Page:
DIGITAL TAX EXPANSION As of January 2020, Austria, Malaysia, Nigeria and Singapore have joined the growing number of countries around the world implementing taxes on digital services. Other countries are also set to follow during the course of the year. In Austria, the digital services tax (DST) that came into effect on 1 January 2020 is targeted at online advertising. Service providers in Austria with a global annual turnover of EUR 750 million (USD 825 million) or more, and a turnover in Austria from online advertising of at least EUR 25 million (USD 27.5 million), will be subject to DST at a rate of 5%. In Malaysia, DST at a rate of 6% is now applicable on the sale of digital services to local consumers by non-resident providers with an annual turnover in Malaysia of over MYR 500,000 (USD 120 million). The definition of digital services is broad, and includes streaming, cloud services, apps, software, e-learning and advertising services. The approach being taken in Singapore is similar, with Goods and Services Tax (GST) now applicable on the provision of local digital services by overseas suppliers. The focus in Nigeria is on domestic and international sellers of online goods or digital services, which are now subject to value added tax (VAT) at a rate of 5%. Among the other countries expected to implement taxes on digital services this year are the UK and Mexico. In the UK, a levy of 2% on the revenue of search engines, social media platforms and online marketplaces will be imposed from April 2020. The tax will apply to organisations with a global annual turnover of more than GBP 500 million (USD 642 million), and is expected to raise over GBP 1.5 billion (USD 1.9 billion). In Mexico, VAT at a rate of 16% will be imposed on the revenue from digital services supplied by foreign businesses from 1 June 2020. This includes online sales to customers based in Mexico. While there are differences in how these new digital services taxes are levied, their implementation reflects a growing trend around the world to ensure that providers of digital services are appropriately taxed. The Organisation for Economic Cooperation and Development (OECD) has also indicated an intention to advance international negotiations to ensure that “large and highly profitable” multinational enterprises, including companies providing digital services, pay tax in jurisdictions where they have significant consumer-facing activities and where they generate profit.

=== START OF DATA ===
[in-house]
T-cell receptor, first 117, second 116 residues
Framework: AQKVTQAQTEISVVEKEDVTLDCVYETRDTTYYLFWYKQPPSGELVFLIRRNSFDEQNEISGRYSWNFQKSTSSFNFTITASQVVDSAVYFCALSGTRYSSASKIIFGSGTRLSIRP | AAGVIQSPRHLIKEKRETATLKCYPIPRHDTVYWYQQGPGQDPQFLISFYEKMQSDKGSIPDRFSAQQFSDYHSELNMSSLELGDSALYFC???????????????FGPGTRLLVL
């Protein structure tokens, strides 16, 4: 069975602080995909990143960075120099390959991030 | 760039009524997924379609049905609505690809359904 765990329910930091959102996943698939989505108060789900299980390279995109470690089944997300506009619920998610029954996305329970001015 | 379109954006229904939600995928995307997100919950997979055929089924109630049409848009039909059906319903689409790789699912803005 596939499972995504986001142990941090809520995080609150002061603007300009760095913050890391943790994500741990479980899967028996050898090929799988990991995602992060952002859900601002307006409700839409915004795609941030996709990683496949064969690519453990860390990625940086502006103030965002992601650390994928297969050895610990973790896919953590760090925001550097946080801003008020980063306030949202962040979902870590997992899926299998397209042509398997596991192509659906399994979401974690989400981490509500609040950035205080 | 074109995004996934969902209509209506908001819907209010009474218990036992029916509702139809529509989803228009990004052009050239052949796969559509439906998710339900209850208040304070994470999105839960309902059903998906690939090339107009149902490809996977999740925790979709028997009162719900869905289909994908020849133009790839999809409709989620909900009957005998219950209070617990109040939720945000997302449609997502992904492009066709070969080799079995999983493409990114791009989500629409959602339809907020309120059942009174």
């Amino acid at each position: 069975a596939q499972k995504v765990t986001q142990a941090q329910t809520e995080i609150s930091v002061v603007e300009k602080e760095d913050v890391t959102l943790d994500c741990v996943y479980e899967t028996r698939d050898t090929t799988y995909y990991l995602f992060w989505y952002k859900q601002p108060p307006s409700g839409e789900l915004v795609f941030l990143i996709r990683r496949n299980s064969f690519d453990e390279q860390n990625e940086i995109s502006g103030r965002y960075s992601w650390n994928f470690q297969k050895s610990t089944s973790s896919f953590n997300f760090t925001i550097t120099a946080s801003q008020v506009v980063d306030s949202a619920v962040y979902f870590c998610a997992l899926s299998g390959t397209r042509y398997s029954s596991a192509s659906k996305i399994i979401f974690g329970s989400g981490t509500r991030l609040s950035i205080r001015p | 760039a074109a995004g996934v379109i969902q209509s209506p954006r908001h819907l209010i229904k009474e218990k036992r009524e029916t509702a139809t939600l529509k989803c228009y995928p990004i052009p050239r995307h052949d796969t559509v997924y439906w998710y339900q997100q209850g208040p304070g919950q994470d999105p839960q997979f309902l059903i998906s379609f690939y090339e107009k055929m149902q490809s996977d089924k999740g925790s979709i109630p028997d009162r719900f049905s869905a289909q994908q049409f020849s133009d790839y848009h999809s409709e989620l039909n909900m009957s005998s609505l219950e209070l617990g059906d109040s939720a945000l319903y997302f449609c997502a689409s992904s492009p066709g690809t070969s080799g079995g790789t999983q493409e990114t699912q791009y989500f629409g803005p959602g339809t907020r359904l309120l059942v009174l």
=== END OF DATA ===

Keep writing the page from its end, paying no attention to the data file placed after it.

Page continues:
ESG DATA PORTAL LAUNCHED The World Bank has launched a publicly available online ESG data portal, designed to enable investors to better align environmental, social and governance (ESG) data analysis with key sustainable development policy indicators, and to support private sector investment in emerging markets. On the launch of the Sovereign ESG Data Portal, George Richardson, Director of Capital Markets at the World Bank Treasury acknowledged the increase in interest from private sector investors for better information to support the evaluation of environmental and social factors when considering investment strategies. “The platform aims to advance both the use and understanding of ESG data to channel more capital to sustainable development,” he said.Th
e Sovereign ESG Data Portal aims to improve the availability, use and transparency of ESG data. A framework of 67 ESG indicators link to the United Nations’ 17 Sustainable Development Goals (SDGs), while the data is organised into themes identified by the World Bank as essential to the contribution of investment to sustainable development. Further indicators relating to natural capital, human capital, poverty measures, stranded assets and other areas are expected to be developed and added to the portal in the future. Alongside the data itself – which is drawn from multiple sources and World Bank programmes – the portal provides a comprehensive set of on-site tools that to help users understand it. These include including data visualisation tools that enable the exploration of data trends, and the ability to look at country-level profiles. Haishan Fu, Director of the World Bank’s Development Data Group, believes that access to high-quality ESG data will help investors to make informed decisions that are aligned with the UN SDGs. “The Sovereign ESG Data Portal is a great example of how better data can inform investment choices and lead to improved development outcomes,” he said. For more information, and to access the Sovereign ESG Data Portal, visit esgdata.worldbank.org
| Page 2
| Page 3
| Page 4
| Page 5
| Page 6
| Page 7
| Page 8
| Page 9
| Page 10
| Page 11
| Page 12
| Page 13
| Page 14